The Abbey that was … And is again

Posted: May 22, 2017 in Uncategorized
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imageFor the last week of my sabbatical pilgrimage I have travelled to Launde Abbey in the English Midlands. This is the site of the original Augustinian monastery planted in the 1100s. For over 400 years they served as a community of prayer and work. But no amount of piety or good works can shield anyone from the rampaging boar of power. In the 1500s King Henry VIII – already at loggerheads with the Holy See over his latest marriage – got himself declared Head of the Church. Shortly after that he began to eye the prosperous monasteries scattered through the land. Using the justification that he had to erradicate that Catholic plague from the land, he swiftly acted to dissolve them. This was violent with force. And most importantly he captured the riches and wealth they held in order to fund his various coffer-draining wars. Consider: that was over 900 monastic houses and around 12,000 monks, friars and nuns.

Included in the list was Launde Abbey, another fatality of the dissolutions. The property was seized and then given to noblemen to live in. Thomas Cromwell – a primary architect of the dissolutions – had his eye on Launde but he never made it; the Tower of London was in his destiny and he received a very close haircut on account of charges of treason, which of course could be anything that happened to irritate the King.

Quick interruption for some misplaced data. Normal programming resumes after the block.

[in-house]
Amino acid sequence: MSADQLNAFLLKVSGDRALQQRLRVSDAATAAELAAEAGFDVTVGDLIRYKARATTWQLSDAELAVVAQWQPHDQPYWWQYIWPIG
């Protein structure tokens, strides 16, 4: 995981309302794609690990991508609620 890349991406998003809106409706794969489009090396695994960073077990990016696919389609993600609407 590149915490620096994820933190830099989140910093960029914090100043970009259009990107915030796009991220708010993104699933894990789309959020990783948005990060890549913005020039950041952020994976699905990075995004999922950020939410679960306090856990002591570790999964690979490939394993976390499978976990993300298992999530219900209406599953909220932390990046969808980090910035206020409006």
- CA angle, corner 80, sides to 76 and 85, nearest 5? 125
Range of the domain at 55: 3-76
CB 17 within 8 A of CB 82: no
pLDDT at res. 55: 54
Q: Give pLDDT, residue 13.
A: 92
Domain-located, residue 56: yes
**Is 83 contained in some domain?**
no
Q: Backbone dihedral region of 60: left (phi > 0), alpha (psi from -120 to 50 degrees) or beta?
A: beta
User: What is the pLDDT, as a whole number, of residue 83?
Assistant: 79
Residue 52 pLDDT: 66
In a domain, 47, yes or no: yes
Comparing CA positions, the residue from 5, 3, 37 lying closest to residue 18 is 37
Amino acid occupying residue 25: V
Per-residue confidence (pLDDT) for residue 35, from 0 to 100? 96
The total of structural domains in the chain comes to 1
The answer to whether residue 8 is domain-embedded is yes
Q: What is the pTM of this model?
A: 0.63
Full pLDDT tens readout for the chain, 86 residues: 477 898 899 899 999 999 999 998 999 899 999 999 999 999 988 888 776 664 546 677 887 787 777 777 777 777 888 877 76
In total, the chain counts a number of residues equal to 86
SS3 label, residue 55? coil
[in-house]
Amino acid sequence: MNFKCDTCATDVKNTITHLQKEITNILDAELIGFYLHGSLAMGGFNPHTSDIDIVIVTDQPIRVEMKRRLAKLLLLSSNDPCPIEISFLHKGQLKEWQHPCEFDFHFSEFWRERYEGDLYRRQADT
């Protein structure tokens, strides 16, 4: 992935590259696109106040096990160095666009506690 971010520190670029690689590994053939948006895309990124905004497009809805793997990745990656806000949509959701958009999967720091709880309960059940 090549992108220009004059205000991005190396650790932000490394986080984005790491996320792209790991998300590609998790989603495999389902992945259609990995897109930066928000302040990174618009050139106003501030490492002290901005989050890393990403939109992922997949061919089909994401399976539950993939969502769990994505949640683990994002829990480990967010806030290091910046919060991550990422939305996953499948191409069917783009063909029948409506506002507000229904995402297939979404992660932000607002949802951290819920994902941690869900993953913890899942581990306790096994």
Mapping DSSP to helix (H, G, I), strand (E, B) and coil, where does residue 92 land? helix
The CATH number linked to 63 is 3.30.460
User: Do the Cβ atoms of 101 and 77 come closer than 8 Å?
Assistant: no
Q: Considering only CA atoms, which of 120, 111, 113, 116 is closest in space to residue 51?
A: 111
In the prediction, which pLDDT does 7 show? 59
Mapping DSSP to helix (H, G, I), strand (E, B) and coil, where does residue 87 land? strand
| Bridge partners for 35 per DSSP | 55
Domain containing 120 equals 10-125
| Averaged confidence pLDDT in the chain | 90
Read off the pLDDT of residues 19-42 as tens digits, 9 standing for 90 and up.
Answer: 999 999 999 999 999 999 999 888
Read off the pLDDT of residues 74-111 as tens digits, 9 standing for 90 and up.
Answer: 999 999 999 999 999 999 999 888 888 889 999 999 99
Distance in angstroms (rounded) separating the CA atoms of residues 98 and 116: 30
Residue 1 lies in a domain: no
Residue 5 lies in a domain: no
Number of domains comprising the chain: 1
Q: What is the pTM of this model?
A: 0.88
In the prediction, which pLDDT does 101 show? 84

The monastery was deconstructed, though – except for some of the chapel that still stands today. They converted it into a fine manor house and with renovations over the centuries it remains pretty much as it was reconstructed in the 16th-18th centuries.

Irony: In the 20th century a wealthy Squire bought it all back and, since his wife didn’t really want to live there, he donated it to the Diocese of Leicester. They in turn reconsecrated it and turned it into the retreat center of the Diocese. What goes around comes around.

Second Irony: I worshipped tonight in the chapel that is the only remnant of the original monastery church. And we used the liturgy straight out of the prayer book, the successor to Cramner’s Book of Common Prayer – authorized by none other than those who acted to destroy the monastery in the first place. Oh well. But it was a beautiful evening prayer.

Though I attend chapel several times a day and take my meals at the manor house, I am staying at the Hermitage on the property, a short walk from the mother house. Tradition has it that two students – one from Oxford and one from Cambridge – were preparing for the priesthood and staying there. So the name – Cambridge and Oxford House.

It’s not Merton’s Hermitage at Gethsemane in Kentucky, but hey, close enough.

 

Comments
  1. Gloria Beranek says:

    Am loving hearing about your walk through history and culture. Keep it coming!

  2. Jane McGuire says:

    🙂

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